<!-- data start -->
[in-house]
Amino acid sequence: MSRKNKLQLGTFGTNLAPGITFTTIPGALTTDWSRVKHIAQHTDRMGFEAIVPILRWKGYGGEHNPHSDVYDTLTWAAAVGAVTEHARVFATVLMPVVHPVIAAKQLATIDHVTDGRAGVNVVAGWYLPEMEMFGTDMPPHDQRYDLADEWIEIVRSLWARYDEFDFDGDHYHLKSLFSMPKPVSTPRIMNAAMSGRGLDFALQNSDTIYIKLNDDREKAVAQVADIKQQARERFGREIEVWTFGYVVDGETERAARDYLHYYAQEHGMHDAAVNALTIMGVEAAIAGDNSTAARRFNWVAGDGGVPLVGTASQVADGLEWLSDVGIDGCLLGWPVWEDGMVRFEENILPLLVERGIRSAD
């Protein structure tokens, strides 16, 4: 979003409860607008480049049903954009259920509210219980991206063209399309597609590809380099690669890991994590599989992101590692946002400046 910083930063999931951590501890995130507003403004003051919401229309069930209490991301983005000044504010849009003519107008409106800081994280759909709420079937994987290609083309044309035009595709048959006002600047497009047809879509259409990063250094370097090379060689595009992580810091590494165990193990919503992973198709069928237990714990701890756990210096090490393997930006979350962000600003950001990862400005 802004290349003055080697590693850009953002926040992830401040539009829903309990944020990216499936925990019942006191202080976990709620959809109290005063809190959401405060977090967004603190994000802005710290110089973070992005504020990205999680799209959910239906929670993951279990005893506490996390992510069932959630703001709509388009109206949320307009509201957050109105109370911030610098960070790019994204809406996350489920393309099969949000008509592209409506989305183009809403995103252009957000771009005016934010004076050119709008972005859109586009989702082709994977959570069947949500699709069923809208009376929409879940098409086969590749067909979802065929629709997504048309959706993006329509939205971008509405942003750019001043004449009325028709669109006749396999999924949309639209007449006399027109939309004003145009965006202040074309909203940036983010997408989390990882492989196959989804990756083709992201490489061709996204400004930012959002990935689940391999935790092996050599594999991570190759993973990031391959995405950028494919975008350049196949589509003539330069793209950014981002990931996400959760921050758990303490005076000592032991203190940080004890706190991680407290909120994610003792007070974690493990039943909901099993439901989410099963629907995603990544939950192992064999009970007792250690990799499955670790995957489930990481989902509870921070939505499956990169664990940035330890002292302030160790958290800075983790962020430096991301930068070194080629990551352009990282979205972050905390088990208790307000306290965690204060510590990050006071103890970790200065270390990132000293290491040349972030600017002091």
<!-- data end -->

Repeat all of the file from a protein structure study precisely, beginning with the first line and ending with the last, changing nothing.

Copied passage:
[in-house]
Amino acid sequence: MSRKNKLQLGTFGTNLAPGITFTTIPGALTTDWSRVKHIAQHTDRMGFEAIVPILRWKGYGGEHNPHSDVYDTLTWAAAVGAVTEHARVFATVLMPVVHPVIAAKQLATIDHVTDGRAGVNVVAGWYLPEMEMFGTDMPPHDQRYDLADEWIEIVRSLWARYDEFDFDGDHYHLKSLFSMPKPVSTPRIMNAAMSGRGLDFALQNSDTIYIKLNDDREKAVAQVADIKQQARERFGREIEVWTFGYVVDGETERAARDYLHYYAQEHGMHDAAVNALTIMGVEAAIAGDNSTAARRFNWVAGDGGVPLVGTASQVADGLEWLSDVGIDGCLLGWPVWEDGMVRFEENILPLLVERGIRSAD
């Protein structure tokens, strides 16, 4: 979003409860607008480049049903954009259920509210219980991206063209399309597609590809380099690669890991994590599989992101590692946002400046 910083930063999931951590501890995130507003403004003051919401229309069930209490991301983005000044504010849009003519107008409106800081994280759909709420079937994987290609083309044309035009595709048959006002600047497009047809879509259409990063250094370097090379060689595009992580810091590494165990193990919503992973198709069928237990714990701890756990210096090490393997930006979350962000600003950001990862400005 802004290349003055080697590693850009953002926040992830401040539009829903309990944020990216499936925990019942006191202080976990709620959809109290005063809190959401405060977090967004603190994000802005710290110089973070992005504020990205999680799209959910239906929670993951279990005893506490996390992510069932959630703001709509388009109206949320307009509201957050109105109370911030610098960070790019994204809406996350489920393309099969949000008509592209409506989305183009809403995103252009957000771009005016934010004076050119709008972005859109586009989702082709994977959570069947949500699709069923809208009376929409879940098409086969590749067909979802065929629709997504048309959706993006329509939205971008509405942003750019001043004449009325028709669109006749396999999924949309639209007449006399027109939309004003145009965006202040074309909203940036983010997408989390990882492989196959989804990756083709992201490489061709996204400004930012959002990935689940391999935790092996050599594999991570190759993973990031391959995405950028494919975008350049196949589509003539330069793209950014981002990931996400959760921050758990303490005076000592032991203190940080004890706190991680407290909120994610003792007070974690493990039943909901099993439901989410099963629907995603990544939950192992064999009970007792250690990799499955670790995957489930990481989902509870921070939505499956990169664990940035330890002292302030160790958290800075983790962020430096991301930068070194080629990551352009990282979205972050905390088990208790307000306290965690204060510590990050006071103890970790200065270390990132000293290491040349972030600017002091």